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I was attempting to create a bounding box across an entire page (as I've seen here in beamerinnerthemetexsx.sty). However, the box will not flush with the left margin.

As can be seen in this example, setting the margin to 0 works for any text in the document. However the bounding box is not flush with the left margin (it's 15pt off). This both will not allow me to draw in that region, and results in an "Overfull \hbox" error, as the bounding box is trying to span from 15pt right of the left margin to 15pt beyond the edge of the page.

\documentclass{article}
\usepackage{tikz}
\usepackage{geometry}
\geometry{
 papersize={254mm,190.5mm},
 margin = 0mm
 }

\begin{document}
  \begin{tikzpicture}
    \useasboundingbox (0,0) rectangle(\the\paperwidth,\the\paperheight);
    \draw [->] (0,0) to (10mm,10mm);
    \draw [gray] (0,0) rectangle (40mm,40mm); 
\end{tikzpicture}

\begin{flushleft}
Text will flush with the margins.
\end{flushleft}
\begin{flushright}
Unlike the bouding box.
\end{flushright}
\end{document}

Is there a way to fix this? Should I approaching this a different way entirely?

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1  
Set up the tikzpicture as an overlay. So pass the environment the following in its optional arguments, remember picture,overlay – A.Ellett Jan 28 at 17:15

That's the \indent. Add \noindent before your tikzpicture, this will disable the indent.

If you don't need the indent anywhere in the document, you can use \setlength{\parindent}{0pt} to your preamble, which will make it a global option. If you wanted to restore it after the tikzpicture, simply write \setlength{\parindent}{15pt} (that's the default length).

Also, there's a page node, so you can simply write your bounding box as

\useasboundingbox (current page.south west) rectangle (current page.north east);
share|improve this answer
    
Why not just suggest \noindent before the environment? – A.Ellett Jan 28 at 17:24
    
@A.Ellett Uhh, good point. I guess I had a different train of thought. I will fix the answer. – Alenanno Jan 28 at 17:25

I would recommend treating the picture as an overlay.

So you would start the environment as

\begin{tikzpicture}[remember picture,overlay]

Even with this, the tikzpicture will have its origin (0,0) at the point where the picture is defined. So, I would recommend using relative coordinates and redefining where you want your origin with respect to the page nodes that TikZ provides. So here's something that might work for you:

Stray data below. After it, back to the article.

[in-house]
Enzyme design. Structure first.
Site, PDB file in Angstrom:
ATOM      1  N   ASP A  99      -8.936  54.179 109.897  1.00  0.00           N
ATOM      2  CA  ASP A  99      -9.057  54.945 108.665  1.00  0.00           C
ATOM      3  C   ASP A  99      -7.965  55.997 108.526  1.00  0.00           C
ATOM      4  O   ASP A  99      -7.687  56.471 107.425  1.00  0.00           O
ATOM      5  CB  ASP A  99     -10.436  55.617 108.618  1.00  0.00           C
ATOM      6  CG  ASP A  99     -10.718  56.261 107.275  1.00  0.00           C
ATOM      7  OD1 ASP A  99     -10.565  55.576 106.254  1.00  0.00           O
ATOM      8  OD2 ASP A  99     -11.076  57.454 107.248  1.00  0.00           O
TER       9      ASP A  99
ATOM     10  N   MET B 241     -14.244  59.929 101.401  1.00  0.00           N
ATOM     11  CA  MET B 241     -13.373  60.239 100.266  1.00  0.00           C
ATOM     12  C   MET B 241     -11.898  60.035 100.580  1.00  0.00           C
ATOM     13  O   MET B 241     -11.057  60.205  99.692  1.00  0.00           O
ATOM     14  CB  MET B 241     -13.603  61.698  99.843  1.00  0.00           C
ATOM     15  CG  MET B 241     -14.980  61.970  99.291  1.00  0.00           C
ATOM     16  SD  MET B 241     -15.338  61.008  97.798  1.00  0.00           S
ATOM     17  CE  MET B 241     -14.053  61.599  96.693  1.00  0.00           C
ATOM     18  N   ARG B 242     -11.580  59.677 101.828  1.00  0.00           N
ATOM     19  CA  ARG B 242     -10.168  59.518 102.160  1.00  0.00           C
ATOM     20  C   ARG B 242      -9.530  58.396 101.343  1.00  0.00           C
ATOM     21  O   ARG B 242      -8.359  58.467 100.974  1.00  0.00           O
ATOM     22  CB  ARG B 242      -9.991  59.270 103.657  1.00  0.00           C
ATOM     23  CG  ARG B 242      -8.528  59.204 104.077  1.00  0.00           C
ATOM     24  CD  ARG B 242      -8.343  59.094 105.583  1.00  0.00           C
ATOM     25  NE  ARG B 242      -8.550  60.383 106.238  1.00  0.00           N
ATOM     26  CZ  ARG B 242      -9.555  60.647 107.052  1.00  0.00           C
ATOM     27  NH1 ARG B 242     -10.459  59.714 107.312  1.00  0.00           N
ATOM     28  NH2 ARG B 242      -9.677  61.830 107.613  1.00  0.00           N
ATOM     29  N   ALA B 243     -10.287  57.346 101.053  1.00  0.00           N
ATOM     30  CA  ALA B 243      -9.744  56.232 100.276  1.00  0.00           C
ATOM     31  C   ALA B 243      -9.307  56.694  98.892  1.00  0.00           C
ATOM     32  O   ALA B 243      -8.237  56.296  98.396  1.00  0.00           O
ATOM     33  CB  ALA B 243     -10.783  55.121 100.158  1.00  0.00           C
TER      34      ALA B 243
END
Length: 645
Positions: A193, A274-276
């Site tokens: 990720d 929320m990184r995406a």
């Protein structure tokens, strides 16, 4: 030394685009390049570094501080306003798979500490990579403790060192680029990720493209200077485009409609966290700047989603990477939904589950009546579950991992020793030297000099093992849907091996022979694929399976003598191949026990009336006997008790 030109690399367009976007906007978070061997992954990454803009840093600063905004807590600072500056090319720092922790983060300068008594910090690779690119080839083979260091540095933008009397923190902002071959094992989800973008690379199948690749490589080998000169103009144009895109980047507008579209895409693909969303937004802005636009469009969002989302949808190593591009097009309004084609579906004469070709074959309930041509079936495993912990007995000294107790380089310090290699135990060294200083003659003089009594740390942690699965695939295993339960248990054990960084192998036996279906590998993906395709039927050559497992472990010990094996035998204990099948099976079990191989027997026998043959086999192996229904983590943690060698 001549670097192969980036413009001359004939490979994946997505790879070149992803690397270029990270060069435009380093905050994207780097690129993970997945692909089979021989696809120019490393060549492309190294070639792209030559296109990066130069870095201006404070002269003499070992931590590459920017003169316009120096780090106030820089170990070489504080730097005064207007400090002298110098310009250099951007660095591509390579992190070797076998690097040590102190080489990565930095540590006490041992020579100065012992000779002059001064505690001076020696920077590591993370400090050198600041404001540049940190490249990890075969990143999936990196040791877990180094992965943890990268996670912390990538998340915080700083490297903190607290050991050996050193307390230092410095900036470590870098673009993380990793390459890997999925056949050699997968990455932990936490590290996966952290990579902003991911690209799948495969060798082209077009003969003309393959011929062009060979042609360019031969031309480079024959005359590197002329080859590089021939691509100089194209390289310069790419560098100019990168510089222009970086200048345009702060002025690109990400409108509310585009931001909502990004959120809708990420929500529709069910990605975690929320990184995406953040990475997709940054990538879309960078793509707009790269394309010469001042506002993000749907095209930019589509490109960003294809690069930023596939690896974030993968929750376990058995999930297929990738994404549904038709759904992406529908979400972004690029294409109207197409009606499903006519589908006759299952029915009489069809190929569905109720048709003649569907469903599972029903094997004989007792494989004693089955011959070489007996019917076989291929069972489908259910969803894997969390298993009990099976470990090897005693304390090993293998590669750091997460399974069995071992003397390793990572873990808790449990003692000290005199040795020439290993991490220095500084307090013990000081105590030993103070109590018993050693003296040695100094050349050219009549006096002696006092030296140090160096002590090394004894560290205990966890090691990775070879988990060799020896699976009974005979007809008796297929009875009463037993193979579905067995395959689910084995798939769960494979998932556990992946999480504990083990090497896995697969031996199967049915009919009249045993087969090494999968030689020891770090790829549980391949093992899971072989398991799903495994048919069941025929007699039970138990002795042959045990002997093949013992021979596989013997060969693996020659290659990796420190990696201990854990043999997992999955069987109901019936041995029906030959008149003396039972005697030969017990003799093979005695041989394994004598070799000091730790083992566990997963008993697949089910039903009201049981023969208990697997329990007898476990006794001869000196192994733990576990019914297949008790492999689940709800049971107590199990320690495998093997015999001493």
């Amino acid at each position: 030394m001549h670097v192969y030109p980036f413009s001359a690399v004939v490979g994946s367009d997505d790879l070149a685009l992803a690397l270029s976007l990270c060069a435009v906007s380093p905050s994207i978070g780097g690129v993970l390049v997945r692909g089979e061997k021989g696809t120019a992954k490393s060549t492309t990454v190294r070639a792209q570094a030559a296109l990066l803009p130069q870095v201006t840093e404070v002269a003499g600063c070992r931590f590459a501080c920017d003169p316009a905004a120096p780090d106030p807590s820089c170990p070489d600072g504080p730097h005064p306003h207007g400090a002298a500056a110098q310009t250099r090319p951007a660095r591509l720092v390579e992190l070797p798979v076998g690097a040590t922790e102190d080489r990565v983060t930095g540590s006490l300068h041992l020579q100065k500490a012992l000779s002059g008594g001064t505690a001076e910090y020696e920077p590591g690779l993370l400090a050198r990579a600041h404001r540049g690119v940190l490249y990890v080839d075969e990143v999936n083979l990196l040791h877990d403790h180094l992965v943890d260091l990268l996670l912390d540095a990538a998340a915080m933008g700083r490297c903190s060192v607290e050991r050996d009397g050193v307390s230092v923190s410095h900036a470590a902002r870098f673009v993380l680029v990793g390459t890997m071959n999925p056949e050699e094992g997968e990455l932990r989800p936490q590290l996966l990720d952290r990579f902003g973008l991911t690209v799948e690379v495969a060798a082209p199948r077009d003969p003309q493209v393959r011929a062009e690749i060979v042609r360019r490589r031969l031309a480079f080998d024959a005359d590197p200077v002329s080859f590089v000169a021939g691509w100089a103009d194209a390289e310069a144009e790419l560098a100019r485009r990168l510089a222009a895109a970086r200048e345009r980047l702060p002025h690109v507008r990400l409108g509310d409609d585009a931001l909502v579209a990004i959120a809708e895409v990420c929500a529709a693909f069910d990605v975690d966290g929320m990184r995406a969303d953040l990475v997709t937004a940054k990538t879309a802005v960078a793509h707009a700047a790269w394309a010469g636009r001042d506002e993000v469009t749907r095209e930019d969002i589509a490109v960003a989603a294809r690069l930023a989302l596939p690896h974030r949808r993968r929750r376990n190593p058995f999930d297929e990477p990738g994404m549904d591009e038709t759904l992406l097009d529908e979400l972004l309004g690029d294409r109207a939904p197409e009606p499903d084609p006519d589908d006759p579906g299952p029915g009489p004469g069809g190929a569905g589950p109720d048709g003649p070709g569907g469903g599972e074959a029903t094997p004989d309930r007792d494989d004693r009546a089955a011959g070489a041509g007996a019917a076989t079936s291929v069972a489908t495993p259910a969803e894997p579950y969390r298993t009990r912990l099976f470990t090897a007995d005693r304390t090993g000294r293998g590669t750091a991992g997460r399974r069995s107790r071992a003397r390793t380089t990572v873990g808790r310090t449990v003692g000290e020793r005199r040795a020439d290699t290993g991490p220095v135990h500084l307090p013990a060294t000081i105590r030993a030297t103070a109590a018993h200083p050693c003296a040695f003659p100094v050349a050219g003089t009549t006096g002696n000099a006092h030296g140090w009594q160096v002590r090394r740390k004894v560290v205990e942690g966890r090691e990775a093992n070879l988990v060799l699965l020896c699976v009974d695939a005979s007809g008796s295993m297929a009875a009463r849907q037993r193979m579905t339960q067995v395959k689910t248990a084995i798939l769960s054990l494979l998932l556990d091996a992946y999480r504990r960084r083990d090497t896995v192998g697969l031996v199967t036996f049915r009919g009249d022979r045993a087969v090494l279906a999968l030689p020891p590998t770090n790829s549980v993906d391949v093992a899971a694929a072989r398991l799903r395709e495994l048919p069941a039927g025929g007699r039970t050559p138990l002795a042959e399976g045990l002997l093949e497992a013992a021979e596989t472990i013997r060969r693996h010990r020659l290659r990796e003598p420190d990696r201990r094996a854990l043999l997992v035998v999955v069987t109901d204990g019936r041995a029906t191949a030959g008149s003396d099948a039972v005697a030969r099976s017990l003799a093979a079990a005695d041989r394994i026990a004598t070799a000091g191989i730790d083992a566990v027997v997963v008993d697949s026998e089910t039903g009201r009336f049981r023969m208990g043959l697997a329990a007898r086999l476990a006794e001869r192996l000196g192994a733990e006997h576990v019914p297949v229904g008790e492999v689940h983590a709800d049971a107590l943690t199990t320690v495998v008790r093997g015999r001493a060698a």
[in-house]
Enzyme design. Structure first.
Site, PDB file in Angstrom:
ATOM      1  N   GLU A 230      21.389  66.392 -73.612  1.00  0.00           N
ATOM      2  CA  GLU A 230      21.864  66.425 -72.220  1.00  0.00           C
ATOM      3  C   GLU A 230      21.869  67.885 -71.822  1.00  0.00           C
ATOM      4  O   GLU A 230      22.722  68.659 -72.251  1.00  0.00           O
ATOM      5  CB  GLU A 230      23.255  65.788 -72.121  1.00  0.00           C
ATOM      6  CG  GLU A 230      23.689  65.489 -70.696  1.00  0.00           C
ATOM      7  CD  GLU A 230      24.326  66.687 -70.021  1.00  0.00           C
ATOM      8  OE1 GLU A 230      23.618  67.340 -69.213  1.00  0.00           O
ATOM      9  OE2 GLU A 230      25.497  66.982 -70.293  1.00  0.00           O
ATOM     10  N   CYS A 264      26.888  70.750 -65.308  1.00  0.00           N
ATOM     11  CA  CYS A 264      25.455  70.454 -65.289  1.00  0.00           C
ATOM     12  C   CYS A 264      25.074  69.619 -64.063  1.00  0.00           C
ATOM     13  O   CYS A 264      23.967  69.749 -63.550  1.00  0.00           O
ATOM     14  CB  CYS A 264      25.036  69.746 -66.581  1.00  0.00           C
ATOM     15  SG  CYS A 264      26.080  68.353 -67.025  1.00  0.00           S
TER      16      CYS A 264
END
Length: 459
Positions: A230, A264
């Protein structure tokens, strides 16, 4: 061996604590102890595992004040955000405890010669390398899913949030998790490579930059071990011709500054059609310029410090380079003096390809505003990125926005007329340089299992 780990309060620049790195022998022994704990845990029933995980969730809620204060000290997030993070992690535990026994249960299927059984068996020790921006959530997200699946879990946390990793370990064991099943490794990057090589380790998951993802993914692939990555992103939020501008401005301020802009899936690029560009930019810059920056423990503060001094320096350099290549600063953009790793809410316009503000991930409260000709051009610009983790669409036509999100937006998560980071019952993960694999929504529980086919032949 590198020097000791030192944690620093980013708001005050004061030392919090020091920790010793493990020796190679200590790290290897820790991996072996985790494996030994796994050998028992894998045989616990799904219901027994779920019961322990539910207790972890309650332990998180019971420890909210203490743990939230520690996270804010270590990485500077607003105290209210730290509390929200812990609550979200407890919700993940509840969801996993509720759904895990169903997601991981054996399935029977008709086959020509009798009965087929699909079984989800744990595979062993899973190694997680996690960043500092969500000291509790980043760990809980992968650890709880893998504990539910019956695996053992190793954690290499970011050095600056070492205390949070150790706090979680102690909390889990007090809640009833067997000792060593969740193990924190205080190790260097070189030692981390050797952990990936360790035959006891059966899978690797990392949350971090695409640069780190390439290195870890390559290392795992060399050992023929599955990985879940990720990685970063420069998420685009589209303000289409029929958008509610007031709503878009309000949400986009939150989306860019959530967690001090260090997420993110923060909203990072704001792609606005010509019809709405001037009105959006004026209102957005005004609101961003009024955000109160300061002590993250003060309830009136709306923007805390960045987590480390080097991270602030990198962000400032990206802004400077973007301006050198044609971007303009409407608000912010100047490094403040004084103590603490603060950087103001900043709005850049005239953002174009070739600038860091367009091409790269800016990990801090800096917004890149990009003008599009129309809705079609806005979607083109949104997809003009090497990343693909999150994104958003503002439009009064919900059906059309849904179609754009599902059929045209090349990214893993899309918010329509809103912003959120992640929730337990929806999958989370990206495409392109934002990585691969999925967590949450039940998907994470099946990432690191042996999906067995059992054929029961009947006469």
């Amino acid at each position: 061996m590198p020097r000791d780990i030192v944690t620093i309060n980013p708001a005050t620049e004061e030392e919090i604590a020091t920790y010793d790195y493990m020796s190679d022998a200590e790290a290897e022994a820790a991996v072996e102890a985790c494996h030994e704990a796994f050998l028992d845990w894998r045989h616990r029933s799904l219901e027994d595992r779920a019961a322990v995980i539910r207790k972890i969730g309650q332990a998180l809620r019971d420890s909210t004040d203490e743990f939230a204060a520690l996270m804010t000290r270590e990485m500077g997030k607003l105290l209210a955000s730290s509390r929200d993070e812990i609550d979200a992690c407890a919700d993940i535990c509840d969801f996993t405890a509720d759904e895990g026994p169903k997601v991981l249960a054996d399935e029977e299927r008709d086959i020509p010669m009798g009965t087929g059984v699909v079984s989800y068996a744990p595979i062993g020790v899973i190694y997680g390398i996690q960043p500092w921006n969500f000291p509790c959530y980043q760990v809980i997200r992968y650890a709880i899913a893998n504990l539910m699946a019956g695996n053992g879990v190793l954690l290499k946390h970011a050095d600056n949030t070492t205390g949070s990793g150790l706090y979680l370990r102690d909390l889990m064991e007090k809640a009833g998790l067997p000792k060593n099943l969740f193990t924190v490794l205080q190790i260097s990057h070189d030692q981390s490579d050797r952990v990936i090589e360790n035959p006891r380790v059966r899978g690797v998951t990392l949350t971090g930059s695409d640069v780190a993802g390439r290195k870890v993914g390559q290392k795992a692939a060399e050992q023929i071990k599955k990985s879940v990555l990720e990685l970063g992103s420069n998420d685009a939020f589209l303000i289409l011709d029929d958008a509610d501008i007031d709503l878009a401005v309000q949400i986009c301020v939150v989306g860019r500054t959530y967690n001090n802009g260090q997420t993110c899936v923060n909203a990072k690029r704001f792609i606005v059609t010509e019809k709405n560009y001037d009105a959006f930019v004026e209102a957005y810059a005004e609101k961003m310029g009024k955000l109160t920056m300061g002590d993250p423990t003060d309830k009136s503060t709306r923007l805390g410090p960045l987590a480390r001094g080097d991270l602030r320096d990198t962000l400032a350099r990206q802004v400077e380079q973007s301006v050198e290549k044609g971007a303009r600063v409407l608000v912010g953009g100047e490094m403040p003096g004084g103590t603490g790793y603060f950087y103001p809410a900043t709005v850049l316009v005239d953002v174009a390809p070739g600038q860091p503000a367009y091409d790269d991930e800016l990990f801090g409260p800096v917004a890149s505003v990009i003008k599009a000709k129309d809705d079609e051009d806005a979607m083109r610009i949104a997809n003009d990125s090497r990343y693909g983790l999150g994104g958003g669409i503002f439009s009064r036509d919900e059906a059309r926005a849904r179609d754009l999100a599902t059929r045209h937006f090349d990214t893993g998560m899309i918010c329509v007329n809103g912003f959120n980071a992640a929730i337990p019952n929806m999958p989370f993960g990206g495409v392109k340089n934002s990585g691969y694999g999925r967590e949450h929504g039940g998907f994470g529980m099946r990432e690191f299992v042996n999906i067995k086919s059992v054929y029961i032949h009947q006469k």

\documentclass{article}
\usepackage{tikz}
\usepackage{geometry}
\geometry{
 papersize={254mm,190.5mm},
 margin = 0mm
 }

\begin{document}

\noindent 
\begin{tikzpicture}[remember picture,overlay]

    \draw[line width=4pt,orange] (current page.south west) rectangle (current page.north east);

    \path (current page.north west) -- ++ (0mm,-40mm) coordinate (origin);
    \draw [->] (origin) to ++(10mm,10mm);
    \draw [gray] (origin) rectangle ++(40mm,40mm); 

\end{tikzpicture}%%
Hello (flush left) \hspace*{\fill} (flush right) Bye%%

\end{document}

which results in

enter image description here

Playing with where you place \noindent (such as immediately before Hello) will show you how the tikzpicture is being placed on the page.

If the tikzpicture is all that you're going to create with your document, you might want to consider using the standalone package.

\documentclass[border=2pt]{standalone}
%% I like a "border", but that's optional!
\usepackage{tikz}

\begin{document}

\noindent 
\begin{tikzpicture}

    \useasboundingbox (0,0) rectangle (254mm,190.5mm);
    \coordinate (origin) at (0,0);    

    \draw [->] (origin) to ++(10mm,10mm);
    \draw [gray] (origin) rectangle ++(40mm,40mm); 

\end{tikzpicture}%%

\end{document}

Notice how I did not make this an overlay in this case. The above code results in

enter image description here

If you have other content for your document, either of these approaches can work.

Assuming that you want no other content on the same page as the tikzpicture, in the first approach you will have to issue something like

\clearpage

after the environment. And by using an overlay, you can use a page geometry more nature for your exposition.

Working with the second approach, you'll want to do something with \includegraphics and \raisebox to place it appropriately on the page.

If you provided more information about what kind of content you want in the picture, then I could probably give you better feedback.

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